HLA allele polymorphisms are associated with variations in immune response to several viral vaccines . However, there is a relative paucity of information regarding seasonal influenza vaccination. We have previously described an HLA class II association with non-responsiveness to influenza vaccination, where individuals with HLA-DRB1*07 produced lower antibody titres following a single administration of influenza vaccine . A limited number of influenza viral peptides generate a focused CD4+ and CD8+ response, which is termed immune-dominance. Peptide binding to HLA alleles is a major limiting step in generating this targeted immune response. Hydrogen binding between influenza peptides and certain HLA alleles allows more prominent, solvent-exposed structures within the peptide to generate an effective T cell response .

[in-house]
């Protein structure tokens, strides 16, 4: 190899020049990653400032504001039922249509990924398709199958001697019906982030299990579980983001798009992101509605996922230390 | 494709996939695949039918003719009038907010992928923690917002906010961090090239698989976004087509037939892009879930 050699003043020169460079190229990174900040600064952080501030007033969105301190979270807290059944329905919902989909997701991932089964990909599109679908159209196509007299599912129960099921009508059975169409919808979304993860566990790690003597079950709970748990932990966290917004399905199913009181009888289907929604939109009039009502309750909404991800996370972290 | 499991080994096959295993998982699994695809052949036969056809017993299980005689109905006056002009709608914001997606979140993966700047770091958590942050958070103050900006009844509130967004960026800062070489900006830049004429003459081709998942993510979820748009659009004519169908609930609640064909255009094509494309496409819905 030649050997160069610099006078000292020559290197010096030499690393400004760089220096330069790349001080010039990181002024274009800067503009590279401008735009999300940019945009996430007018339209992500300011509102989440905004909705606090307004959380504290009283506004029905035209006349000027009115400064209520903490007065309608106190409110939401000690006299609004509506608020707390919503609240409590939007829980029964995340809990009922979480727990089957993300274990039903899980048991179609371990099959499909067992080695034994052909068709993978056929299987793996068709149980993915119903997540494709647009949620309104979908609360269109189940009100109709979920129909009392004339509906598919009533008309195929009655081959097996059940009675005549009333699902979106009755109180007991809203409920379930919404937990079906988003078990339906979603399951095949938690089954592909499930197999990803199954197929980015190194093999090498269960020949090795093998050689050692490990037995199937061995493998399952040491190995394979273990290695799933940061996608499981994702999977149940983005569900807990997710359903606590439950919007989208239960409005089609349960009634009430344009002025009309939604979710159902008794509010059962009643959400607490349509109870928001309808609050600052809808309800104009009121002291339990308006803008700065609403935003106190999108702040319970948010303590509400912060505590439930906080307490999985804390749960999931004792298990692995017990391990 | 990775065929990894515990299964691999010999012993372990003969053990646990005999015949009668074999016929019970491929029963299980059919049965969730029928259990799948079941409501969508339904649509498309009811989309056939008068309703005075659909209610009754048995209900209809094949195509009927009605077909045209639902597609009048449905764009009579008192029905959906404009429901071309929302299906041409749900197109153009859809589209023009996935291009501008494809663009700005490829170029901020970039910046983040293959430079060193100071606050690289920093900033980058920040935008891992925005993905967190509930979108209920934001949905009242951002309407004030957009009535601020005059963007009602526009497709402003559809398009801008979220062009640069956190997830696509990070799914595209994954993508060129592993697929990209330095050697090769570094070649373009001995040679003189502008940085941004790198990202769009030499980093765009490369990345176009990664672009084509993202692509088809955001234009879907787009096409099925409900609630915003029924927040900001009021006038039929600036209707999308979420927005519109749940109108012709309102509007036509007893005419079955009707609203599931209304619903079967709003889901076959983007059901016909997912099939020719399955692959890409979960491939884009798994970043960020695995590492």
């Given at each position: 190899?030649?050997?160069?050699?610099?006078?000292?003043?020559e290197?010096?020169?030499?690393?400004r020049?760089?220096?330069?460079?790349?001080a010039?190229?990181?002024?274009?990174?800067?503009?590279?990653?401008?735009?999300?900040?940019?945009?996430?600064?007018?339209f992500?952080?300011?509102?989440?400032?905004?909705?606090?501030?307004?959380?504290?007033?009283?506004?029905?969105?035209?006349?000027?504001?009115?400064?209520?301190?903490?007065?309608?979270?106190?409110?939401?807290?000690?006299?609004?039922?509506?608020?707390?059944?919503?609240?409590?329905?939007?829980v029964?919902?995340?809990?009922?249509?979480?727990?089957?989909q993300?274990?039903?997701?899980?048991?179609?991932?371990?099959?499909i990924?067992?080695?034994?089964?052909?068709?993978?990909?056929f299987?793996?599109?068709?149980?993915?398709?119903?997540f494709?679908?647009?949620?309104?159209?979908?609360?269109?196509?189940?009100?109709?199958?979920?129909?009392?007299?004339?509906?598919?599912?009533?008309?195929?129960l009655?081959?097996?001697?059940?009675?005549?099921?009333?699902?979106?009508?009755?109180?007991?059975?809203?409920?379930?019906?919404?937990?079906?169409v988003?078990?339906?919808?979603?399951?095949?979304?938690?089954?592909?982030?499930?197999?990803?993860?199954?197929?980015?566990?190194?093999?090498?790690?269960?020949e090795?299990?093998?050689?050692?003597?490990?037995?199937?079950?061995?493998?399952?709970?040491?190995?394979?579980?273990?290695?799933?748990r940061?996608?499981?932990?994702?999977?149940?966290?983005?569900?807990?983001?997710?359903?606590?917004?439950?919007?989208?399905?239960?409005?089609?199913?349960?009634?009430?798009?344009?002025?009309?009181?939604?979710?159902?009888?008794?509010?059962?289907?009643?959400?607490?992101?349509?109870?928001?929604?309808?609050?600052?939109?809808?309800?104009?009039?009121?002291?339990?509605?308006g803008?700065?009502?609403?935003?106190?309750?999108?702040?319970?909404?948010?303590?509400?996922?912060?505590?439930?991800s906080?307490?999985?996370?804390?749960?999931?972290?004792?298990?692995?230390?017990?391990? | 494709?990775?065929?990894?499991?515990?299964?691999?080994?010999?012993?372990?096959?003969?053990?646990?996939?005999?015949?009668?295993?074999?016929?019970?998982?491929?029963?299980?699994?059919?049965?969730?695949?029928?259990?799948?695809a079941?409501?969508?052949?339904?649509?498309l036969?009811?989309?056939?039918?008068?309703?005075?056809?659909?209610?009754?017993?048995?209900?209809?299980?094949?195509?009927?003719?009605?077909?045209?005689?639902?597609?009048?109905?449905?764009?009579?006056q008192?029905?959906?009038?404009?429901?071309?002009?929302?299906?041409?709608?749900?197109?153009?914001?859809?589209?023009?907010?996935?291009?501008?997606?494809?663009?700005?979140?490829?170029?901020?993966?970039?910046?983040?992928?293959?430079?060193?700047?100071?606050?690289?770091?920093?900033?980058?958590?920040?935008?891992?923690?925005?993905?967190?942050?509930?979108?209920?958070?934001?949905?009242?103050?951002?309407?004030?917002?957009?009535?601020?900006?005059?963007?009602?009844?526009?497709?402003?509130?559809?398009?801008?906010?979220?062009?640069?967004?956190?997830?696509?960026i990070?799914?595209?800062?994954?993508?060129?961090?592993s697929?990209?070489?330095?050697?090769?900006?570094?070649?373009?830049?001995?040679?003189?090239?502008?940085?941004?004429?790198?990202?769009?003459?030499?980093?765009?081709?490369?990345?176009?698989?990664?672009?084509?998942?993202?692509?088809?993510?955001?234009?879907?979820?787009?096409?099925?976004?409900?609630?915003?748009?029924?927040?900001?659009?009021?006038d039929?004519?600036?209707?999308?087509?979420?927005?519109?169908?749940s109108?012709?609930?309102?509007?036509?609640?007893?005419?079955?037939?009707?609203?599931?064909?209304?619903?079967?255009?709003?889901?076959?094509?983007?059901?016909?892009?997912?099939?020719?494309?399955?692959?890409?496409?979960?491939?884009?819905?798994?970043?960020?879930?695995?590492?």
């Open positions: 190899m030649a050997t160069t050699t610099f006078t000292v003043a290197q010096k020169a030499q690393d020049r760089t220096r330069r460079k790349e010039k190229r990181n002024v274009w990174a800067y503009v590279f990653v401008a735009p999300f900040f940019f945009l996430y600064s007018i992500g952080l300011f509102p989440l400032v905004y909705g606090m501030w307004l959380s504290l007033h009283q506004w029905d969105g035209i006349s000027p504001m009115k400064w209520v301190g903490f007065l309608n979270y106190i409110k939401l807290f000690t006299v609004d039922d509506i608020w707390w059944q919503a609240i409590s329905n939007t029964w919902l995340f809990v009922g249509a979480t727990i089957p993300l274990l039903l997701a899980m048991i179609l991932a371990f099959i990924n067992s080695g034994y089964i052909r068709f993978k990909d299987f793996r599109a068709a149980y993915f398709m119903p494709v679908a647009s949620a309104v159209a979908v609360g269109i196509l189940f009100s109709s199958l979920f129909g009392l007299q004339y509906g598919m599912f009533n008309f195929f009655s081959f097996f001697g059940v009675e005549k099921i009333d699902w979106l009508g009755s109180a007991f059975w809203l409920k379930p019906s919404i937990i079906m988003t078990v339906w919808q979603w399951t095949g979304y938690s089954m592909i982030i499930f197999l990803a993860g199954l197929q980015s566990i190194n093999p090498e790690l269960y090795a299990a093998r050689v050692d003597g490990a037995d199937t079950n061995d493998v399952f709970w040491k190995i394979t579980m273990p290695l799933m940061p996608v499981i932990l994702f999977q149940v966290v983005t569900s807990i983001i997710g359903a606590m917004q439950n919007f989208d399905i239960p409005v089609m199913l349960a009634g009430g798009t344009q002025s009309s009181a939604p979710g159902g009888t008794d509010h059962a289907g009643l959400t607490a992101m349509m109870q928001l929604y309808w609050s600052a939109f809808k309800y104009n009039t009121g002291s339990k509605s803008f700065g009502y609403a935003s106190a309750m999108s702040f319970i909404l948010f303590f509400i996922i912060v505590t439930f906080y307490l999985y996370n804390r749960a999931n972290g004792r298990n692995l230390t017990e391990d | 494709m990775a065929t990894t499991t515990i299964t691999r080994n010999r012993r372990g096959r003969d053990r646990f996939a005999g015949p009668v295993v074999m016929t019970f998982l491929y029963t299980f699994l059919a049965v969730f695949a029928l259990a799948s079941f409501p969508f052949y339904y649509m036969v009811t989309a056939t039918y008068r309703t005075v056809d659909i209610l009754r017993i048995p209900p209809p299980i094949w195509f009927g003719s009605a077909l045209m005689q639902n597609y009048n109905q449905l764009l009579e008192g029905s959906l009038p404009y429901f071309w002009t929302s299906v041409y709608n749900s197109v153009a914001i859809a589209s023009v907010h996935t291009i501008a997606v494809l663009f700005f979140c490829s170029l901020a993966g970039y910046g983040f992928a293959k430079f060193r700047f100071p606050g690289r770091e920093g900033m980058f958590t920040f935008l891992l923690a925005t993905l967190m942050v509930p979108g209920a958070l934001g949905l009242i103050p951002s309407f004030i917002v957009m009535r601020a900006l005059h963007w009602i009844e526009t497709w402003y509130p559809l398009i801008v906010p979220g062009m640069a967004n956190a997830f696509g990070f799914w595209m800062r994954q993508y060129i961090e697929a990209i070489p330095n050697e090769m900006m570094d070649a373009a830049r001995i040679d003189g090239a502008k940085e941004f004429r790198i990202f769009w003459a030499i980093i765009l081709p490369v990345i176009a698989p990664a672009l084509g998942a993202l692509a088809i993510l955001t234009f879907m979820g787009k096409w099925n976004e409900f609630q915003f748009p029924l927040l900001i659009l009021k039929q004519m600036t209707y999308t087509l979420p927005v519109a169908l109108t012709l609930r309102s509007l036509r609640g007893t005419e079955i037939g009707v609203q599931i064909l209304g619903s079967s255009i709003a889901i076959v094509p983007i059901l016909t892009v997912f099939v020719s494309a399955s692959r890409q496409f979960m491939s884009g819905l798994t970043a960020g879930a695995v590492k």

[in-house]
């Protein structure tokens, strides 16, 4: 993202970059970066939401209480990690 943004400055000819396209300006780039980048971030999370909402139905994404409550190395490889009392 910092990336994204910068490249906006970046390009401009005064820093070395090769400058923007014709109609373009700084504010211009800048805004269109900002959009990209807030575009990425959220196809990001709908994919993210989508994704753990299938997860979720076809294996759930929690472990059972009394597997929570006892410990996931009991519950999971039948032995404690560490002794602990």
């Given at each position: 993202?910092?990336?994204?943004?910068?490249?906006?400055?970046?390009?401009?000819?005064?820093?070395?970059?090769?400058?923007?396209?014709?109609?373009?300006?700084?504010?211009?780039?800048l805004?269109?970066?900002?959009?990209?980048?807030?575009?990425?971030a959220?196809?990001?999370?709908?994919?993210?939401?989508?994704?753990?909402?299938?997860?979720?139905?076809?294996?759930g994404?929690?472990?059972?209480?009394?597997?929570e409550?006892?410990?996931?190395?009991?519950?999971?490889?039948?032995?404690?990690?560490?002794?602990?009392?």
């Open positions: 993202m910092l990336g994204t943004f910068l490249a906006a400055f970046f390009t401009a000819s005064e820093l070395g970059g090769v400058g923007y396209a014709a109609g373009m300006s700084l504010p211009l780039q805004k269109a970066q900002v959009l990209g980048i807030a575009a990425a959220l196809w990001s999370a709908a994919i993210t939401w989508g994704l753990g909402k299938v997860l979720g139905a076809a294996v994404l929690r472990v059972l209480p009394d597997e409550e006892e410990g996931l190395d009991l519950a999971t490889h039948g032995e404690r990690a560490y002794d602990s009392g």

The production of IgG antibodies by B Cells requires CD4+ T cell help and thus, MHC presentation of viral peptides to CD4+ T cells is an important step in mediating the adaptive immune response following vaccination. In our study HLA-DRB1*04∶01 and HLA-DPB1*04∶01 occurred at higher frequencies in individuals with seroprotective levels of haemagglutinin antibody. These alleles are encoded by distinct HLA class II loci, but are relatively common in Caucasoid populations (see www.allelefrequencies.net) and share some sequence similarities in regions of their antigen binding grooves thought to be critical in peptide binding (pos 65–75, see www.ebi.ac.uk/imgt/hla). Haemagglutinin peptide is highly immunogenic and can induce CD4+ T cell responses against conserved and variable regions . There is clear evidence that influenza haemagglutinin peptide HA 307–319 interacts with T cell receptors when displayed by HLA-DRB1*04∶01 . Moreover, DRB1*04∶01 tetramers loaded with HA 306–318 have demonstrated increased frequency of CD4+ T Cells-restricted to HA 306–318 following influenza vaccination . Recent tetramer guided epitope mapping for H5N1 in mouse models have identified H5HA 57–76 and H5HA 441–460 to be immunodominant epitopes for DRB1*04∶01 . Hence individuals with allele HLA-DR4 may more easily facilitate haemagglutinin processing cumulating in higher antibody titres. Interestingly, immune responses to hepatitis B vaccine are positively associated with HLA-DPB1*04∶01 which may suggest that these alleles are involved in a generic response to vaccination . However, HLA-DRB1*04∶01 has been found to be associated with non-responder status to hepatitis B vaccine in US Caucasoids .